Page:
Transport Scotland has announced that rail fares will be increased by almost 9% but that the scheme scrapping peak fares is being extended for a further three months.

The pilot, which saw an end to peak priced tickets and was initially due to last until the end of April, will now finish in June.

However, in a blow to travellers, Fiona Hyslop, the transport minister, said the increase in fares would come into effect in April for ScotRail services and from January 1 on the newly government-owned Caledonian Sleeper.

The price-freeze which had been put in place in response to the cost of living crisis, Hyslop said, was now “unsustainable”.

The decision came just 24 hours after the Scottish government announced an £80million cut to rail funding in the budget.

The changes mean a return ticket between Glasgow and Edinburgh will increase from £14.20 to £15.40, between Aberdeen and Glasgow the fare will rise from £65.20 to £70.90 and for Inverness to Perth the will increase from £34.60 to £37.60.

Ms Hyslop said: “The Scottish Government rightly made the decision to freeze flexi-pass and season ticket prices as part of its response to the cost-of-living crisis. While this has now remained in place for almost two years, it is simply no longer sustainable.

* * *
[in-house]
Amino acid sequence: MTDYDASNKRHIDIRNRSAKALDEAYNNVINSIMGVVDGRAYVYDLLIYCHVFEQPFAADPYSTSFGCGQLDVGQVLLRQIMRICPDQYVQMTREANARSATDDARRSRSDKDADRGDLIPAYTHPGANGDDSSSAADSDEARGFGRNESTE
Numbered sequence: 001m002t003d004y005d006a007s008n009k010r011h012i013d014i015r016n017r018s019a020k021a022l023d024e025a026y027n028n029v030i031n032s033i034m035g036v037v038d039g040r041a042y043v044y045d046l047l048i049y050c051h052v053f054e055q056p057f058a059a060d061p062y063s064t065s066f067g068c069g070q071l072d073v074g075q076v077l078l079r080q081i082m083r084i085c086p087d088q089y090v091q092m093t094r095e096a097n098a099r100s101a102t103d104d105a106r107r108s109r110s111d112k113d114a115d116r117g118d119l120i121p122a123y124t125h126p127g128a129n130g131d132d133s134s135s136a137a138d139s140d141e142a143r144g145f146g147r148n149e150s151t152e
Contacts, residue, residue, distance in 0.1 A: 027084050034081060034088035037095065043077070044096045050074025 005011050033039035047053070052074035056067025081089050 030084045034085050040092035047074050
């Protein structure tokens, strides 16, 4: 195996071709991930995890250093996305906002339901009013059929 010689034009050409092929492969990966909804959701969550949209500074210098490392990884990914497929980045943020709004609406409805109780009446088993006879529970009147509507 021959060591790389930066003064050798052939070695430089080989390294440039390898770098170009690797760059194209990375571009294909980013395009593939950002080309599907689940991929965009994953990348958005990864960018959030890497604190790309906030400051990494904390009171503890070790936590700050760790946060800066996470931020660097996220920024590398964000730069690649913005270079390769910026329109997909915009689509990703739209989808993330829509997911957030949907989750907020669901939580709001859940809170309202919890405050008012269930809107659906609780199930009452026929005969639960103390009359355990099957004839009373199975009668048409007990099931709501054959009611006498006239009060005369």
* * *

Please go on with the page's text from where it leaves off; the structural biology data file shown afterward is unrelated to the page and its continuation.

“From 1 April 2024, all ScotRail fares will increase by 8.7%. We know that any increase is unwelcome for passengers, therefore we have kept the rise as low as possible to maintain the attractiveness and affordability of rail as a travel option.

“Caledonian Sleeper fares will also increase by 8.7% and this will take effect from 1 January 2024.

“We continue to look at ways to encourage greater rail use and that is why we are extending our peak fares pilot for a further three months until June 2024.

“Fares and fares increases remain, on average, lower than across the rest of Great Britain. ScotRail also continue to develop fares initiatives which can help attract more passengers, while offering savings and added value to existing rail users.

“We are committed to investing in public transport and through this latest budget we will provide more than £2.5 billion to support it. This includes over £1.6 billion to operate, maintain and improve Scotland’s railway, £430 million in funding for concessionary travel and bus services, and £434 million to operate and invest in our ferries.”

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